Road trip – Ely, NV 4/18/21

All the hotels we have been to tackle the pandemic breakfast differently. In Sonoma we were given the “Grab ‘n Go” paper bag, in Carson City we ordered from a pre-set menu of pre-made items, and here in Ely we went one at a time into the food area where we told a staff person what to put on our plate. Everyone must wear masks in all the public areas of the hotel. I look forward to when I can pick out my own bad breakfast mask-less.

This morning’s outing is to the Nevada Northern Railway Museum and steam engine train ride. It is very chilly this morning, only 26F when we get up with a stiff breeze blowing. We put on a lot of layers. I have six layers plus a scarf and gloves. I am not used to cold weather.

Mary and the U.S. 50 Highway welcome sign

While we wait for boarding time we wander around the train station taking pictures of the train and various items of interest.

Our train blowing off steam
The train engine
John in front of the caboose
This is Conductor Bill’s car, a 1953 Kaiser DeLuxe

There was a thriving copper mining industry around Ely in the late 1800s and up until 1983. The boom time for the town was during WWI. The smelting of the copper was done in a nearby town.

We hear the “All Aboard” and grab some seats for the slow ride to the copper mine with its towering hills of slag. We hear the story of copper mining and see points of interest most of which are broken down coal tipples or dynamited tunnels. We learn about how to use a wye to turn a train around.

Going around a curve we can see the front of the train
John and Mary train selfie. Masks required while on the train.
Not beautiful downtown Ely
Burning coal is a dirty business

After de-training we walk around the site and look at the museum. Two train museums within 3 days is a lot. Then we head off to find some sort of lunch and end up at a Subway standing in a long line. We take our sandwiches back to the room and have out lunch there.

Later in the afternoon we take a scenic ride on the Success Loop. For us it is closer to being the Disaster Loop. Luckily we have had off-road disasters before and know when to bail.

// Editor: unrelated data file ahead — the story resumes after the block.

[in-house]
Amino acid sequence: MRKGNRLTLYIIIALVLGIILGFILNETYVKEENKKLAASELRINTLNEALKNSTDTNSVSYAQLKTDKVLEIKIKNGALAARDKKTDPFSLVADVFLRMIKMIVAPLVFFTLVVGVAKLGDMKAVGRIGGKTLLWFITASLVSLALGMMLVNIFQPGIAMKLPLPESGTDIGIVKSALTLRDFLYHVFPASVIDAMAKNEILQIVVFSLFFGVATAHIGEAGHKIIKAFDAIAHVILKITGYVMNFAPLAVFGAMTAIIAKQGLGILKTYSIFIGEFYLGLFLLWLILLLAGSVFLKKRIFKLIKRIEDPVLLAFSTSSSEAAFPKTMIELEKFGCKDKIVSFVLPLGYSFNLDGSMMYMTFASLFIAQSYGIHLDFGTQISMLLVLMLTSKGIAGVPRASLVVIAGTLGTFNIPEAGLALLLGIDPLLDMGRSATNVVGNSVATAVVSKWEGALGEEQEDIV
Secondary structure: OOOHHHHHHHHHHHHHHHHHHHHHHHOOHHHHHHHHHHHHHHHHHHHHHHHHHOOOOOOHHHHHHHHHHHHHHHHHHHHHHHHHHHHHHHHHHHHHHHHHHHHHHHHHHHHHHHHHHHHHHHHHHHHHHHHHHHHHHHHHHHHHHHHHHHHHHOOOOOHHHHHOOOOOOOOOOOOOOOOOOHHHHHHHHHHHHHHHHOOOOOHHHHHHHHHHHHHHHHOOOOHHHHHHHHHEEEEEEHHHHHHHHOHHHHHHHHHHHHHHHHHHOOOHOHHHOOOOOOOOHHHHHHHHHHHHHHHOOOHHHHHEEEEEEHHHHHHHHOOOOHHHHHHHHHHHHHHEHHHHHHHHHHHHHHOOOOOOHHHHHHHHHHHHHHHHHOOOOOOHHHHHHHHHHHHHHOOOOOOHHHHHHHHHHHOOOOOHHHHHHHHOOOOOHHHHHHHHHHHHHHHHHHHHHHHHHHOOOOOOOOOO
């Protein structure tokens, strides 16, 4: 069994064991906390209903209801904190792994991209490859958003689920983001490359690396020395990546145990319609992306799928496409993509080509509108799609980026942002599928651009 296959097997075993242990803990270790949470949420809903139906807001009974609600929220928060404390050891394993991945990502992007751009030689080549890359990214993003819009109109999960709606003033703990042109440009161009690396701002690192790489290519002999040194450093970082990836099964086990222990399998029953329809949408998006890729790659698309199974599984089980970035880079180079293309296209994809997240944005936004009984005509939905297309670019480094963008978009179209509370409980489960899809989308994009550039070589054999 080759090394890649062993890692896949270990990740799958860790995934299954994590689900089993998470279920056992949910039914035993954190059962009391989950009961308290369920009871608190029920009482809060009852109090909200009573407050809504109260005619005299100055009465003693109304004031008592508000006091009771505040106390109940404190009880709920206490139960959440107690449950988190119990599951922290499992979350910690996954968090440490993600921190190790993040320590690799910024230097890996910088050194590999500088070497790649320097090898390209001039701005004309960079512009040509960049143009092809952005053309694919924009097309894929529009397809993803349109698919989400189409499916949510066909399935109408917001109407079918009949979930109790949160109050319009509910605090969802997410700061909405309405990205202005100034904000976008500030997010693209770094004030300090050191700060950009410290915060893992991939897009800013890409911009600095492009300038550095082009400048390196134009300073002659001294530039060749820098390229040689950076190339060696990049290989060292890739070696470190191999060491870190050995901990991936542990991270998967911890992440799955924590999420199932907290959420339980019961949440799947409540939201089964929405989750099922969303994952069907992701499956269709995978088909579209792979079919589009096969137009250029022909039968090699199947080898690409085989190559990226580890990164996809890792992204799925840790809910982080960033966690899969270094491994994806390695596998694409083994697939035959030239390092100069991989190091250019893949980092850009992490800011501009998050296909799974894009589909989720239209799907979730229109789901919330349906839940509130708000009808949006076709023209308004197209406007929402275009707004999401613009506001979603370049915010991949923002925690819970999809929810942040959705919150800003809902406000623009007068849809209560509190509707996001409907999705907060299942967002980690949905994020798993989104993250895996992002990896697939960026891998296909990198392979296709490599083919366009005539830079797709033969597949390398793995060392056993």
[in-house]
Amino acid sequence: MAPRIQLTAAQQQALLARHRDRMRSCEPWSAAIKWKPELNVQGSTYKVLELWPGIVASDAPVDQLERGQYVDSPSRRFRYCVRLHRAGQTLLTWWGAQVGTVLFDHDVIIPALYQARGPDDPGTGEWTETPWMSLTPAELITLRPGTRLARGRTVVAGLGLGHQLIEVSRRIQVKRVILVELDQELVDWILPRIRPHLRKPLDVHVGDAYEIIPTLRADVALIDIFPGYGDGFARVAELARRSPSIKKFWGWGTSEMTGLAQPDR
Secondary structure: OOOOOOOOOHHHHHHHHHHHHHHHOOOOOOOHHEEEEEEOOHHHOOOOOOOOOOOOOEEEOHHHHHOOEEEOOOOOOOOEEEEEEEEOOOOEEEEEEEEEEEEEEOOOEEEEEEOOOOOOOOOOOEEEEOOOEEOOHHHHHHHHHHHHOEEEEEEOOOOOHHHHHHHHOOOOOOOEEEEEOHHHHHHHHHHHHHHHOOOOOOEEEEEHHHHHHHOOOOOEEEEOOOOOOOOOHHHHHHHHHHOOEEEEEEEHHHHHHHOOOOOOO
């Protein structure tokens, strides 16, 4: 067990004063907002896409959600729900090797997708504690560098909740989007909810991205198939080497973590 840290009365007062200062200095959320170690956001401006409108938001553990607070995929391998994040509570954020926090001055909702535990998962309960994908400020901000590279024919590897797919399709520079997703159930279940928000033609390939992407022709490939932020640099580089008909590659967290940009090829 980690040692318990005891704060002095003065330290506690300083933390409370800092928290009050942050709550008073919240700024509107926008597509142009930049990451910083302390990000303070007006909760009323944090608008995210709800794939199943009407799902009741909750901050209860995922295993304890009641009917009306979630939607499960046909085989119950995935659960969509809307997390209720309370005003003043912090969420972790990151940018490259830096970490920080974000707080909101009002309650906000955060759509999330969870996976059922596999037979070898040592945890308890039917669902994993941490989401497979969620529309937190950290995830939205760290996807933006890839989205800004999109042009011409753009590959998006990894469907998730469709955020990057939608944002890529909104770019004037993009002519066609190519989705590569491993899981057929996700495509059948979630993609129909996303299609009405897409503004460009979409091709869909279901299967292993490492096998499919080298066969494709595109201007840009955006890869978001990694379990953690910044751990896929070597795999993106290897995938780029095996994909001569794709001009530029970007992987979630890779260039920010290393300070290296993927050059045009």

We are riding along enjoying the scenery and pass through some aspens. There are patches of snow on the ground. Uh-oh, we are gaining elevation and the patches of snow are now on the road and we have skidded twice. Then we see the road ahead is entirely covered with snow. What to do?! We know it would be a really bad idea to get stuck out here in the middle of nowhere. It was bad when we were in our 50s and it would be much worse now that we are in our 70s. We must abort the trip and somehow turn around. I get out to inspect an area that might look promising for a K-turn. But its not. I am slipping in the mud that the melting snow has created. I sink in to the tops of my shoes. If we try to turn around here we will get stuck in the mud.

I and my filthy shoes get back in the car and the only solution is to back out down the dirt road until we can find a wide spot that is not too muddy. John does a great job backing which is hard on his neck. He takes little breaks between episodes of back up. Finally we find a spot that we think will work and John turns the car around and disaster is averted. Yay!

The aspens along the sides of the road are bright white against the blue sky
Soon there are aspens on both sides of the road and little patches of snow
This is the last picture I took. The road is getting muddier and the snow is on the road in places. We went a little further before we gave up.

And now it is time for dinner. Tonight we are eating at Margaritas, a Mexican restaurant in the Prospector Casino next door to our hotel. I order shrimp fajitas (with mushrooms?) and John orders chicken enchiladas with a poblano sauce. The chips and salsa are good.  We are hopeful. But at the end of the night we are trying to rate our three meals today. The categories are Bad, Worse, and Worst. Both John and I decide that our semi-soggy bread on our lunchtime sandwiches does not down-rate it enough to make it lose the top spot at Bad, breakfast comes in at Worse, and dinner is Worst. Even the good salsa and chips and the tasty guacamole cannot pull it out of the bottom. We are starting to rethink our dinner strategy.

I ended up eating shrimp plus the plate of accompaniments giving most of the guacamole to John

 

 

 

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